The price jump from the cost at which petroleum products are imported into the country by Bulk oil Distributing Companies (BDCs) and the price at which Oil Marketing Companies (OMCs) sell fuel at the pump (price at which public buys fuel) is very alarming.
According to the automatic formula employed by the National Petroleum Authority (NPA), fuel is imported into the country at a relatively low cost of approximately GHS2.80 per litre, but price of fuel at the pump currently stands at averagely GHS6 per litre, representing a 114% increase. The price difference reflects more than half of additional charges including the numerous taxes, levies and margin adjustments placed on petroleum products.
The numerous ‘nuisance’ taxes, some of which have already served their purpose, but have not being retired yet, are still being charged on petroleum products. Thus, accounting for the exorbitant fuel prices that consumers have to pay. On account of this, it is rather the poor who tend to suffer from these price hikes, especially at a time when they continue to face the brunt of the pandemic.
Why this much increase, at a time when the price of crude oil on the international market only recently began gaining momentum as compared to pre-pandemic levels, with current oil price at US$ 65.53 per barrel. The masses are calling for withdrawal of these ‘nuisance’ taxes in order to reduce the price rise on petroleum products.
Compared with fuel prices in the West Africa region, this sets Ghana’s fuel price among the highest. Meanwhile Nigeria maintains the cheapest fuel price. According to GlobalPterolPrices.com, price of fuel per litre in Nigeria costs 45.4 cents, Togo (78.1 cents), Sierra Leone (83.0 cents), Guinea (90.9 cents). The current rise sets Ghana’s fuel price at around $1.10 per litre.
Based on NPA’s price build-up released on May 5, there are twelve components for the pricing of petroleum products. These include 6 levies amounting to GHS1.42, a special petroleum tax of 11pesewas, and 5 margins amounting to GHS1.02. These are apart from the new taxes that the government has approved- sanitation and pollution levy, 18 pesewas per kg on Liquefied Petroleum Gas (LPG) and the Energy sector Levy of 20 pesewas per litre on petrol and diesel.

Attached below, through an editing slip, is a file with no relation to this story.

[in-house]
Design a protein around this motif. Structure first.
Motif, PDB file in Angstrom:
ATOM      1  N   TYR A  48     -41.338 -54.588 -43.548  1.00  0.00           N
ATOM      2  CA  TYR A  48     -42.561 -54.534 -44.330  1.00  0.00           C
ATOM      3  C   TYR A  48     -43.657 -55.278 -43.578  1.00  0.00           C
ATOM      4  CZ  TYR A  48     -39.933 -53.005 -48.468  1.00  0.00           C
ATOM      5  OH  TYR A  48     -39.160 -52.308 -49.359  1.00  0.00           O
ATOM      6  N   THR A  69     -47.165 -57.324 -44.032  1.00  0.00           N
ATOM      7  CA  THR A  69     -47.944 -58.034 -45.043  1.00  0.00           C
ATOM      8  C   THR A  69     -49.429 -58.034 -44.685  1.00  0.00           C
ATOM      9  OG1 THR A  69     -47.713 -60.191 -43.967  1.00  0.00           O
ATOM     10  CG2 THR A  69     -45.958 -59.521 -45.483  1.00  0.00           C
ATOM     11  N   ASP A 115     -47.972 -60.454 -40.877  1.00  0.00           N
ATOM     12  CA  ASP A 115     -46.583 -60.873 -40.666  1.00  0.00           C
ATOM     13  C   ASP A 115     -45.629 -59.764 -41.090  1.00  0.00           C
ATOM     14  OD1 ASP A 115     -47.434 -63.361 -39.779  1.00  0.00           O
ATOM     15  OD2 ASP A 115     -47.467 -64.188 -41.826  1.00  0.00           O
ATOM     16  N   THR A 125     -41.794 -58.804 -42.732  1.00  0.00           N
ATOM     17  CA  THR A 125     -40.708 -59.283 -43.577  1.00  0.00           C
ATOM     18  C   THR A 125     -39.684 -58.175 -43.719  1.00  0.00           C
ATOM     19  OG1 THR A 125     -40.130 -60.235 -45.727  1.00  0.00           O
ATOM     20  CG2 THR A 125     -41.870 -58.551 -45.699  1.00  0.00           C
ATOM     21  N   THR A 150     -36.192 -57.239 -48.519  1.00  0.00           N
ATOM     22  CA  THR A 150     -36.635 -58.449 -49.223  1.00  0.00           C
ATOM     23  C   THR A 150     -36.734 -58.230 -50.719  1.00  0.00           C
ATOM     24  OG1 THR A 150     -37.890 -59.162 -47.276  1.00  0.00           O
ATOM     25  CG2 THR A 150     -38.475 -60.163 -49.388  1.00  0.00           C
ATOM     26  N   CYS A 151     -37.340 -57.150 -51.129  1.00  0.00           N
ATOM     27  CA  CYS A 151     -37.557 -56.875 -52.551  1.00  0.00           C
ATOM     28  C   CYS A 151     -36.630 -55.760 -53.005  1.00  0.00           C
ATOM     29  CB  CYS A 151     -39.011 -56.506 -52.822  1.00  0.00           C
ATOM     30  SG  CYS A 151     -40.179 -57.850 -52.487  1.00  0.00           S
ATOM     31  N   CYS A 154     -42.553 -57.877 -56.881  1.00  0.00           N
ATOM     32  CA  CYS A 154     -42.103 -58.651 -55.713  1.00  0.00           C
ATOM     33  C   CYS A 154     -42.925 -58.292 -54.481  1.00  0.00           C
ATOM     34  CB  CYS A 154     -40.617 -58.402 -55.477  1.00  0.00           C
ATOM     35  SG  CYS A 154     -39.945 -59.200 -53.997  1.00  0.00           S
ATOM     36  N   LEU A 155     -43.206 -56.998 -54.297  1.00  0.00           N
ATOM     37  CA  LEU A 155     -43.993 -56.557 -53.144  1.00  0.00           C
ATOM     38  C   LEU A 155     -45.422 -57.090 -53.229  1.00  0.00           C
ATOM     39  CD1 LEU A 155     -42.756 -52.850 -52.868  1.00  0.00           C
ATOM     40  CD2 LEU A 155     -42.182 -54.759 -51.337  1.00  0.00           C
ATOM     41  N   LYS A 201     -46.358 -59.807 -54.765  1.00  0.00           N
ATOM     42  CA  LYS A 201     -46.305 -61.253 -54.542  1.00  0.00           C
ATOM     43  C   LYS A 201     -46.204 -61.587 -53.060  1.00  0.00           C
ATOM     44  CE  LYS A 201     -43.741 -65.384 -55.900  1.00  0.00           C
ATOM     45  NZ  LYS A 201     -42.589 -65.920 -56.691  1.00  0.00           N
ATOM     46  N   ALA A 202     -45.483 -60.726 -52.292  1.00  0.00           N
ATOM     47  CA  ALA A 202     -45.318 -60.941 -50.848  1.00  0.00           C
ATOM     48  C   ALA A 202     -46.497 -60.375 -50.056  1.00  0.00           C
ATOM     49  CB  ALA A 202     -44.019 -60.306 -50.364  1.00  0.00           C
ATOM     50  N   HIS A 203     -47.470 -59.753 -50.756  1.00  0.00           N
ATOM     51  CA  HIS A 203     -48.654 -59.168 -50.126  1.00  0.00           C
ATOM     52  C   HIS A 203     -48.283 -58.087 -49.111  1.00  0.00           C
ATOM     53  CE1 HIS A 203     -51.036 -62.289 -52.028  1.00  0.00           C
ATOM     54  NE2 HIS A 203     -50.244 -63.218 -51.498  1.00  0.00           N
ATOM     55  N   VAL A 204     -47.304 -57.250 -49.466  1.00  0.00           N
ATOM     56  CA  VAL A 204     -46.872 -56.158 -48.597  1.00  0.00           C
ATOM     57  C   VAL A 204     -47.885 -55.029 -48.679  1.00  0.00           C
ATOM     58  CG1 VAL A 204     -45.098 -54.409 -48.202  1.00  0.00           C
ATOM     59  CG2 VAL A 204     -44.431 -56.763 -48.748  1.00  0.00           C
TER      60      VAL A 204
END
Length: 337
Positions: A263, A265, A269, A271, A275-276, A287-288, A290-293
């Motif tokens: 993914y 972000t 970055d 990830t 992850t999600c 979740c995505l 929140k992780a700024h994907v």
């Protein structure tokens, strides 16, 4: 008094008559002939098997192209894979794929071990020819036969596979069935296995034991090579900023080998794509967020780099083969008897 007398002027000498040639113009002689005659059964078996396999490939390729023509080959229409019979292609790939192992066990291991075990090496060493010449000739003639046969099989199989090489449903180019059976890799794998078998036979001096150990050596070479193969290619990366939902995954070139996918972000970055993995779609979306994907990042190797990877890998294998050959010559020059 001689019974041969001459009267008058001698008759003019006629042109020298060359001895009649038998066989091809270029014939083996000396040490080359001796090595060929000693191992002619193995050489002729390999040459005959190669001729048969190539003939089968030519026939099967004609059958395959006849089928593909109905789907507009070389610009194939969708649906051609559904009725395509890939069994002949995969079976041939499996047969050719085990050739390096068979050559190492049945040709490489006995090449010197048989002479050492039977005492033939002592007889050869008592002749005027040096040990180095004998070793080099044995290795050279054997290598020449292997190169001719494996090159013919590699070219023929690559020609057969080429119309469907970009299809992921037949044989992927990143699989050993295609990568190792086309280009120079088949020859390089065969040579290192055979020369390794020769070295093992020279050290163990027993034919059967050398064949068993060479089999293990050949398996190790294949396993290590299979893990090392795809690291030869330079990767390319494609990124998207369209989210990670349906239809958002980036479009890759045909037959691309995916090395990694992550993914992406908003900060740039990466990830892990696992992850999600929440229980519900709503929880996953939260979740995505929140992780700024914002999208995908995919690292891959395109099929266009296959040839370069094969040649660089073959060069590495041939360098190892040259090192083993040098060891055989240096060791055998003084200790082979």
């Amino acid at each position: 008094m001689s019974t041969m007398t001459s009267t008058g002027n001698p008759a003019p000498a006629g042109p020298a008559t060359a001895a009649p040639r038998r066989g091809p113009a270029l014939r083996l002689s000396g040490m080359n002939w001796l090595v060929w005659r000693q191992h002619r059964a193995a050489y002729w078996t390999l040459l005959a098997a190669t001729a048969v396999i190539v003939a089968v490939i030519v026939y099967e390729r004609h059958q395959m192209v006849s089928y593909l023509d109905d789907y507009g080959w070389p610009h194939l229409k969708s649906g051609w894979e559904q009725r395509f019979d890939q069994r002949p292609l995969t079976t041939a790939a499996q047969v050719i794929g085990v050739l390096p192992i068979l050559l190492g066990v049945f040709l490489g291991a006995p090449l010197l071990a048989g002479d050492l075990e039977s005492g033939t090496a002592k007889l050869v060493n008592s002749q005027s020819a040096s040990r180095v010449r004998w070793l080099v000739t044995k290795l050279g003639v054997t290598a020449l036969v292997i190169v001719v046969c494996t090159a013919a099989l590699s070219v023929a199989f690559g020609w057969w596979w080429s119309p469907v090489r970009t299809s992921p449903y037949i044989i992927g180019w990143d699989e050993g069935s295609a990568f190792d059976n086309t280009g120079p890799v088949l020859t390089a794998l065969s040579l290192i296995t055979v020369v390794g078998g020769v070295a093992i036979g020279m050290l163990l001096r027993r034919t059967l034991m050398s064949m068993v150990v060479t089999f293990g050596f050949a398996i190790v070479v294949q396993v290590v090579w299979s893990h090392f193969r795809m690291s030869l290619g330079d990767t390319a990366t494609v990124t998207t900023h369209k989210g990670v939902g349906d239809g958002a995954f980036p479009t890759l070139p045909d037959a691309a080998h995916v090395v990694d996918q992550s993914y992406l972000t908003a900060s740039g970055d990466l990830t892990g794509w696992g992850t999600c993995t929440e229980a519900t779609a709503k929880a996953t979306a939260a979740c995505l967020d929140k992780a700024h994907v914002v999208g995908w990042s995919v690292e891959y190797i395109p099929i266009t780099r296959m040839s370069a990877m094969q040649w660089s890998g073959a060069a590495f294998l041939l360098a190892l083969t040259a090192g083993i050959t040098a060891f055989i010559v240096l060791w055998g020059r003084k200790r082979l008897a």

Petroleum pricing regime
When BDCs import petroleum products into the country, they are regulated by the NPA for the purposes of ensuring the recovery of full cost, government revenue generation and uniformity of prices through the Unified Petroleum Price Fund (UPPF). Full cost recovery within the value chain is based on the Import Parity Pricing (IPP) benchmark.
The IPP benchmark represents the price that the BDCs would pay at the ports as they import petroleum products. The IPP benchmark allows for a strong relationship between actual costs of fuel imports into Ghana taking into account global developments.
That said, NPA uses a two-week inventory window from the 1st-16th of the month. The two-week average of the free on board (FOB) prices (freight or shipment cost) of the products is computed using a pricing reference.
The NPA works a historical average exchange rate of cedi to the dollar within the two-week period into the additional charges such as port duties. Consequently, this is added to arrive at the Ex-refinery price calculated in Ghana pesewas per litre.
Furthermore, approved taxes and levies passed by Parliament are then added alongside various distribution margins to arrive at the final Ex-pump price- the price of fuel at the pump at various filling stations.
New taxes imposed on petroleum products
The government, upon Parliament’s approval, rolled out new taxes as arraigned in its 2021 budget, implemented on May 1, 2021. For the government, these austere measures are geared towards bringing the economy back to normalcy, stabilizing government’s finances, providing funds for retiring government’s outstanding debts, and footing bills of government outlined expenditure for the year.
Specifically, taxes imposed within the petroleum sector include an energy sector recovery levy of 20 pesewas per litre of petrol and diesel, a Sanitation and Pollution Levy of 10 pesewas per litre of petrol and diesel, 18 pesewas per kg on Liquefied Petroleum Gas (LPG).
Besides, for the government, placing taxes on petroleum products is a quick way of raising revenue for its projects. However, the government risks burdening the poor as a result. This is reflected in the direct effects of petroleum taxes on inflation, thus worsening an already difficult situation due to COVID.
The recent call by citizens for the government to fix the country in a twitter trend which has sparked empathy from among the masses expresses the difficulties that many households are already facing as a result of the pandemic, and these taxes may compound their woes.
Elsewhere, in Colombia, reports indicate that the government’s decision to impose new taxes was met with severe opposition and protests by the masses, which then forced the government to withdraw the taxes. Although regretfully, about six protesters lost their lives in the process in the last couple of days.
While the government seeks to build back the economy on a sustainable path, considerations must be given towards the debilitating effects austerity measures have on the masses.
Therefore, stakeholders should be consulted in order to come up with a system that is better for all. Moreover, the government should consider the plight of the masses and their call for withdrawal of these taxes. This is in order to unburden the dire economic effects of the pandemic on them.